The 2010 Smoleńsk Air Disaster

27 May 2018

Poland hit world headlines on April 10th, 2010 when a government plane carrying President Lech Kaczyński, his wife and ninety-four other passengers crashed by the Russian city of Smoleńsk immediately killing all on board. Attempting to land at a former military airbase in heavy fog, the plane missed the runway, struck trees in its descent, flipped over and plunged to the ground in the middle of the forest. The president and his diplomatic entourage had been flying in to mark the 70th anniversary of the Katyń Massacre, a notorious episode in which Stalin ordered the execution of approximately 22,000 Polish military officers. For decades Russia had denied responsibility (blaming the Nazis instead), and only recently had official diplomatic steps been taken to mend bridges.

Surprisingly, the tragedy initially served to bring these two ancient political foes closer together, as many Poles were impressed by the sympathetic reaction of Putin's government at the time of the catastrophe. As with all high profile disasters, however, speculation as to the cause continues to be rife today. The official Russian air authority report into the incident laid the blame squarely on the pilots who they claim ignored instructions to land elsewhere because of the poor visibility and weather conditions. They also suggested the presence and distraction of unauthorised personnel in the cockpit as the key to the tragedy. At first this had been thought to have been the president himself – a man who once notoriously insisted his pilots fly against their judgement and land in war torn Tbilisi – though black box evidence now points to the intrusion at members of his entourage.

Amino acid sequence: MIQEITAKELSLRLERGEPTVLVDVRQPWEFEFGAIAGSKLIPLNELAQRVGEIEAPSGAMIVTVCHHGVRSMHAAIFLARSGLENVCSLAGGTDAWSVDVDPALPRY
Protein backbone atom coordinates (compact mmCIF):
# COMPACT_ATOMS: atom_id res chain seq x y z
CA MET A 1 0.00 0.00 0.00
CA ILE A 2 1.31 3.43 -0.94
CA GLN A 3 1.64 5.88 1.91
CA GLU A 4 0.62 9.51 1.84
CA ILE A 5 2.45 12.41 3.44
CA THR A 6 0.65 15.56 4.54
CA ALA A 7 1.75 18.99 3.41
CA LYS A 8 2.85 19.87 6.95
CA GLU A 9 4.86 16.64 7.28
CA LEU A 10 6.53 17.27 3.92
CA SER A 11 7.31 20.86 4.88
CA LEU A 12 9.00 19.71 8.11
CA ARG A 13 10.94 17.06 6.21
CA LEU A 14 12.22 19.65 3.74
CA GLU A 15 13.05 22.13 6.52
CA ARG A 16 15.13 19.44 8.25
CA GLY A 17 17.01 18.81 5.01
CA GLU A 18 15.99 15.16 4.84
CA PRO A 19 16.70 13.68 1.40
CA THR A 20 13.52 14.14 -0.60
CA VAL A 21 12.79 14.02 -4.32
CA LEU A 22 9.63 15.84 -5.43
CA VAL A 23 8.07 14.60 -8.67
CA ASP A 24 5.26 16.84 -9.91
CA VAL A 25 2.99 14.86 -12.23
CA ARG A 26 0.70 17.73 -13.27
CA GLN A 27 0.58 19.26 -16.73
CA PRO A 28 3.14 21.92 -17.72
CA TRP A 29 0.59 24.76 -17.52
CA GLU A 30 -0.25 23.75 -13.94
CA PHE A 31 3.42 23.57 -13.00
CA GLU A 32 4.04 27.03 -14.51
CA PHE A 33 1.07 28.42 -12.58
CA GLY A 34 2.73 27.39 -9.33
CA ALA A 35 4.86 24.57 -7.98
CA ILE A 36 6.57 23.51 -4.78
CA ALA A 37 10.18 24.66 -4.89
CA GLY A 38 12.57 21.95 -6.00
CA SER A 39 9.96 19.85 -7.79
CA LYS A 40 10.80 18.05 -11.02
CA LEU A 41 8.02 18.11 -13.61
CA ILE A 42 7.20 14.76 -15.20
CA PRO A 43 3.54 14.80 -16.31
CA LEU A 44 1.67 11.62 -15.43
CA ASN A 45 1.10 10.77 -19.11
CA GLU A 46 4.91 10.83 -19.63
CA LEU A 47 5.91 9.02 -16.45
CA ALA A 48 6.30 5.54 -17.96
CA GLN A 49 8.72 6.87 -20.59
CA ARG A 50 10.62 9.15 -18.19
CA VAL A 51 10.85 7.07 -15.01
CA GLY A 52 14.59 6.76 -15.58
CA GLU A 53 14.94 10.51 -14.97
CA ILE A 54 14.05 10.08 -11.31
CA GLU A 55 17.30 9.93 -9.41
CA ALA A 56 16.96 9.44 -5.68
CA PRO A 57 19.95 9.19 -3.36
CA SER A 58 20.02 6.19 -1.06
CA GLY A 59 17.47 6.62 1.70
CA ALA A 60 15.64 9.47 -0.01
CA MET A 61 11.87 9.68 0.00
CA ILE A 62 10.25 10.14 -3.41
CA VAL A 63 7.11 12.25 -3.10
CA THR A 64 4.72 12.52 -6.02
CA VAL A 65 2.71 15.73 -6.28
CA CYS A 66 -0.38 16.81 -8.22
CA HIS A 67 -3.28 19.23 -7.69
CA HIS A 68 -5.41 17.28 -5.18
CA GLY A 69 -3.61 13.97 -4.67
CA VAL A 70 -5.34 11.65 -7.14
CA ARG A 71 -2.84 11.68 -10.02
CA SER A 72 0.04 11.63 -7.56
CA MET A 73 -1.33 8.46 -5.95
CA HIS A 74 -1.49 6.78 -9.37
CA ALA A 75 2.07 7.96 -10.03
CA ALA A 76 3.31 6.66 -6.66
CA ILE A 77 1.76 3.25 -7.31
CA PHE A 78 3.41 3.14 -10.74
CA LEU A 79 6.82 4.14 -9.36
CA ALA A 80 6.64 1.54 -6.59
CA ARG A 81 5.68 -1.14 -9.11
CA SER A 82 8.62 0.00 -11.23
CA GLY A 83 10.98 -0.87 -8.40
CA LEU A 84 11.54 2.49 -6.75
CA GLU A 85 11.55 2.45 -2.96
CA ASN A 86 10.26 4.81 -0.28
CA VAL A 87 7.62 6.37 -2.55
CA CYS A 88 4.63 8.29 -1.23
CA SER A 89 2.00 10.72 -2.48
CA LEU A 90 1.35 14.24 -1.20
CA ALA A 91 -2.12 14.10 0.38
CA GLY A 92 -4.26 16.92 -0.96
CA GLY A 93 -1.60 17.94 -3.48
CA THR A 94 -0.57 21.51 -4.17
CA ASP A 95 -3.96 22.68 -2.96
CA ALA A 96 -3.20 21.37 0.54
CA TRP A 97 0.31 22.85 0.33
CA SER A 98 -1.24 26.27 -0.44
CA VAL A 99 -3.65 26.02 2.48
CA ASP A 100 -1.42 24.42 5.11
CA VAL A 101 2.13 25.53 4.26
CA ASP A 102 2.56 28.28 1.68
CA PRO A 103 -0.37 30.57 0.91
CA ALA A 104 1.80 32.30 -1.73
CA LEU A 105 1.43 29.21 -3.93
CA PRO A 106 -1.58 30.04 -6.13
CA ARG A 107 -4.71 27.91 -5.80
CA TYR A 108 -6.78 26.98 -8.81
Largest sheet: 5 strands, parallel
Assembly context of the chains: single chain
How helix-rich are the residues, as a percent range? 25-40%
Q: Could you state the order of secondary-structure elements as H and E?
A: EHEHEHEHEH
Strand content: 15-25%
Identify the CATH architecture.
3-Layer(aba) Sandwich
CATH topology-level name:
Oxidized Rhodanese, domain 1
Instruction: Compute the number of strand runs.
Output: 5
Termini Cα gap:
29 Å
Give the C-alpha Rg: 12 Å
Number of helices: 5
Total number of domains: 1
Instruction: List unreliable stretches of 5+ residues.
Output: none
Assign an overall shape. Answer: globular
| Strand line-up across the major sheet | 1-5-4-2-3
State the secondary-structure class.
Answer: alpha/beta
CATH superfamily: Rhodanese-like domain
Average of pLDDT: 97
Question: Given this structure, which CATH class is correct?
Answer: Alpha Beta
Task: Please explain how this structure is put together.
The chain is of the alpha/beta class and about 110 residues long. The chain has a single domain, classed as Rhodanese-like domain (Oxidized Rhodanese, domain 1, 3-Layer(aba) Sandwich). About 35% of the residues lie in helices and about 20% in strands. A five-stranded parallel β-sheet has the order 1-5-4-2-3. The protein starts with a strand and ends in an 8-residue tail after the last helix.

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Over a year ago
It's February 2015 now and the wreck of the plane as well as original black boxes still remain in Russian hands! Russia declines returning them to Poland. The wreck was demolished by Russians and never had been properly investigated by independent authorities or bodies. Polish weak government stays silent, the rest of Europe and the world already have forgotten.
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